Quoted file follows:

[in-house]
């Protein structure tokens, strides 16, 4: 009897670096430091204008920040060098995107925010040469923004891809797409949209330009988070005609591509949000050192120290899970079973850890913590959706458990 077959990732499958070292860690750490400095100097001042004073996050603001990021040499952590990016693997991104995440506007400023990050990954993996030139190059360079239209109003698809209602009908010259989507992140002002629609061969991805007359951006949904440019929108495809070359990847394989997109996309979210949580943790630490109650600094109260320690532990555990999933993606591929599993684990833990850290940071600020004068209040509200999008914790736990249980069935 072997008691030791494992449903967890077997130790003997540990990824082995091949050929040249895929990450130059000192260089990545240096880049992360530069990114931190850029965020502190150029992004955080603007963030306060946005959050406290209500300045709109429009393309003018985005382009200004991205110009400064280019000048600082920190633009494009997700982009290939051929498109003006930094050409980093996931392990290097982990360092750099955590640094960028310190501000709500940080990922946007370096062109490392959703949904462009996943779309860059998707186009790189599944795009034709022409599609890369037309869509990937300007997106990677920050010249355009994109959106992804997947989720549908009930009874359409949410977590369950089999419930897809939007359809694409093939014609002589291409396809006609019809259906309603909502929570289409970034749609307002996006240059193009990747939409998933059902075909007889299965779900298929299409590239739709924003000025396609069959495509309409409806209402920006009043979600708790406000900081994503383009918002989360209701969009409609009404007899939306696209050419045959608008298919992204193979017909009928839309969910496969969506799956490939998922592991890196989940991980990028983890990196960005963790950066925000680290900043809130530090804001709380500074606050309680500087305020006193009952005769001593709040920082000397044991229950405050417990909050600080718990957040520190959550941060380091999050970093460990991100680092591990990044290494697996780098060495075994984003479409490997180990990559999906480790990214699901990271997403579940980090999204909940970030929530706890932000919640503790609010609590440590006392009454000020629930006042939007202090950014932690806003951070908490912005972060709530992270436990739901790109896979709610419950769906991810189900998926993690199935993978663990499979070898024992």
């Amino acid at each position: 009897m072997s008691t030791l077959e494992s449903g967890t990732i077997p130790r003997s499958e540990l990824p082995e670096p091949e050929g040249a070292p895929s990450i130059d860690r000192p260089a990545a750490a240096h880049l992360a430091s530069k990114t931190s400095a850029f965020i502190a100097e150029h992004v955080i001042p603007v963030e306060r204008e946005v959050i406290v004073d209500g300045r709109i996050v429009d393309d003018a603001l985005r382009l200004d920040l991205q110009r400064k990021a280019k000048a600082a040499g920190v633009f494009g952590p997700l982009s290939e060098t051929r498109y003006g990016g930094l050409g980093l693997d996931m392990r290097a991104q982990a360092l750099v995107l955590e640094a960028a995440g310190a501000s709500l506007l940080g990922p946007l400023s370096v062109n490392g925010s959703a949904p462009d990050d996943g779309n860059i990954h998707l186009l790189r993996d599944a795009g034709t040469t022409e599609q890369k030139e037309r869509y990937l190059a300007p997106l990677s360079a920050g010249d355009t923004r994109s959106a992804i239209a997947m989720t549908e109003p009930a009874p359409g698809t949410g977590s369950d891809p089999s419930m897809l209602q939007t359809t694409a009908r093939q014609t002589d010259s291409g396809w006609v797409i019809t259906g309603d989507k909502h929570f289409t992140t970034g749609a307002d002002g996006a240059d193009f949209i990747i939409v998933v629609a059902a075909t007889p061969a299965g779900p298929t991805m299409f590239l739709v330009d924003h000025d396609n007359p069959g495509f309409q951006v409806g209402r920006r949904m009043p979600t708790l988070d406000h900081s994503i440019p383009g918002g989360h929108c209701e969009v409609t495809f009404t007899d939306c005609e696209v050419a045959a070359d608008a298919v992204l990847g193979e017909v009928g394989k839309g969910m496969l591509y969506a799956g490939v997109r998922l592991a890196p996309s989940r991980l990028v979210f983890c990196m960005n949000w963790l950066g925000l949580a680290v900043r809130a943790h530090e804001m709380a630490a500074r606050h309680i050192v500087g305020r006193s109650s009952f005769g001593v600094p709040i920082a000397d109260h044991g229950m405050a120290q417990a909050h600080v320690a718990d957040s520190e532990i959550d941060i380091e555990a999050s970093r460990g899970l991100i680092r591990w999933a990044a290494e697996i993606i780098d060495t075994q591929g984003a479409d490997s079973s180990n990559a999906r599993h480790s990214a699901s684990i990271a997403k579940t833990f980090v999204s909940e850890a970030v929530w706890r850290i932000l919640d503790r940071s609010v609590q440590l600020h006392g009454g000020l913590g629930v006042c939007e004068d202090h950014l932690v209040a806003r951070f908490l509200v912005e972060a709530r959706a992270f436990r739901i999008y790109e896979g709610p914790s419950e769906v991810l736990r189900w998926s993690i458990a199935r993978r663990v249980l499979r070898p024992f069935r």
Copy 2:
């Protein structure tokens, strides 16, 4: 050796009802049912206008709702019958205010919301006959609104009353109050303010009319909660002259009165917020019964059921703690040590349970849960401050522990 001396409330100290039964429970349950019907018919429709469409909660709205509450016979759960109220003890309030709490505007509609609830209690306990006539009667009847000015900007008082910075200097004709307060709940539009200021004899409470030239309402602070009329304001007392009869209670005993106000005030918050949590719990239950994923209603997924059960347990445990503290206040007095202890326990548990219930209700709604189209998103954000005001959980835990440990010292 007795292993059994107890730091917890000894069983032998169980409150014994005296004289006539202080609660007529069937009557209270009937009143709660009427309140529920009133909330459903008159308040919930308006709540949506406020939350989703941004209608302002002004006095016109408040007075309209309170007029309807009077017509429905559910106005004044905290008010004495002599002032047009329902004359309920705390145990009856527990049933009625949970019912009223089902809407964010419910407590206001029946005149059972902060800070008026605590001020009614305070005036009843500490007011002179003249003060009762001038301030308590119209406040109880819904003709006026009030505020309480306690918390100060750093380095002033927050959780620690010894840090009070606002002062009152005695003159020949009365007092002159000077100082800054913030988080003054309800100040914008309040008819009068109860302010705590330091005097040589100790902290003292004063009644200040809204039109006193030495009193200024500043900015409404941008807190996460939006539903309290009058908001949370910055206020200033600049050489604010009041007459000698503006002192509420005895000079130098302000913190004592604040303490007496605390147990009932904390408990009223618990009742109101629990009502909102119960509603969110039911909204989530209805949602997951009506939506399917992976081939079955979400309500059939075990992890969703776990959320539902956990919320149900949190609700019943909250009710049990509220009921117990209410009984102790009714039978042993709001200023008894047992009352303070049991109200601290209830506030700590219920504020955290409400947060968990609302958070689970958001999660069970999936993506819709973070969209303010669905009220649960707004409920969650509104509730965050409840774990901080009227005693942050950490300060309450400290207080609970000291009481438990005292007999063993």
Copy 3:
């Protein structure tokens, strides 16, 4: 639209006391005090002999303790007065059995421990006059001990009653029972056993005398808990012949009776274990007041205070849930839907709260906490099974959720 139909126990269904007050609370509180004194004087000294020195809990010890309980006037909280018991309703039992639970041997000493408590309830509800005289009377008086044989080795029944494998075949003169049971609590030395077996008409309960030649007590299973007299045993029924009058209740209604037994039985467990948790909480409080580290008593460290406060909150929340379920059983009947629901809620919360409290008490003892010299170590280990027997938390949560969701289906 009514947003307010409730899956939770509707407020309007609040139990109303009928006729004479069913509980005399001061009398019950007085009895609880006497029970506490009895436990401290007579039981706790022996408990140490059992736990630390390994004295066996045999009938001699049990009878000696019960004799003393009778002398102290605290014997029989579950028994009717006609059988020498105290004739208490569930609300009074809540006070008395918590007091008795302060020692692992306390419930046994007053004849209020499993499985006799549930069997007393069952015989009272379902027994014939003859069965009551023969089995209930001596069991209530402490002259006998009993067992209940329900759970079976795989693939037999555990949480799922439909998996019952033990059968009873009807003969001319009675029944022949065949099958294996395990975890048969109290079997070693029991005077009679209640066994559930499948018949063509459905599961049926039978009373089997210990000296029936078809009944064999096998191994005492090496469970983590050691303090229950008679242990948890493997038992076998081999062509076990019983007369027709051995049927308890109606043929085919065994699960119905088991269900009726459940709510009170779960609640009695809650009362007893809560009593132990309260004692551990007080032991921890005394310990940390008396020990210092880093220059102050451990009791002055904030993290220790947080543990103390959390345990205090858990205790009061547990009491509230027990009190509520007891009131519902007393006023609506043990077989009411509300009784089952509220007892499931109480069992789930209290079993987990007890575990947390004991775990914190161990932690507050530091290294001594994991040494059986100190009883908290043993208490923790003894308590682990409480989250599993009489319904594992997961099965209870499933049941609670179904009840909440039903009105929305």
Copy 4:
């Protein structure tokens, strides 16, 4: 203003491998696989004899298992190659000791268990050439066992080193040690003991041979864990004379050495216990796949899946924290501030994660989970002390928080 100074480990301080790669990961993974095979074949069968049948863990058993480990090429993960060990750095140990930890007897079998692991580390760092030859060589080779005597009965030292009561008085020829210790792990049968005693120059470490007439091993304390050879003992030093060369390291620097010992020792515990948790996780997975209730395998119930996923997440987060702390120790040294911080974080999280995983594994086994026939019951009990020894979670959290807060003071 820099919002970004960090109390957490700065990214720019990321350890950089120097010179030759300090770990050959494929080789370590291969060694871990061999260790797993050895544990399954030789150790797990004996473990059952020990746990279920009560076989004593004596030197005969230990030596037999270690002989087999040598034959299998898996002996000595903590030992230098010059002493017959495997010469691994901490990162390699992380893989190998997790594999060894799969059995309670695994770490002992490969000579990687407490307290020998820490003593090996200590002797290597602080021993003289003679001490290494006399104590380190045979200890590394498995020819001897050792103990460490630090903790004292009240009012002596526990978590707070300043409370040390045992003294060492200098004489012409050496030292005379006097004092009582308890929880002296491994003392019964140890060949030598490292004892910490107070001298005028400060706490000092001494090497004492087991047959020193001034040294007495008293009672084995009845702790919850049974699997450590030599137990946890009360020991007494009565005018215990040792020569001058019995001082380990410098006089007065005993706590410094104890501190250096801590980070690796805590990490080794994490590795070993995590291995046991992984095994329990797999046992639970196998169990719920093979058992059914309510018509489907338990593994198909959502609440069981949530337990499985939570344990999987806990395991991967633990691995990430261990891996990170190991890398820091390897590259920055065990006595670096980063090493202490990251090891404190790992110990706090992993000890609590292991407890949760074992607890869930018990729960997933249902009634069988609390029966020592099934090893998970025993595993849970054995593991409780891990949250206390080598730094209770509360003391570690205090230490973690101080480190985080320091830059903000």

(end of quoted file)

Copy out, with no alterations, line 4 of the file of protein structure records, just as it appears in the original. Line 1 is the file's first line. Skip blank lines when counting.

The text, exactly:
Copy 2: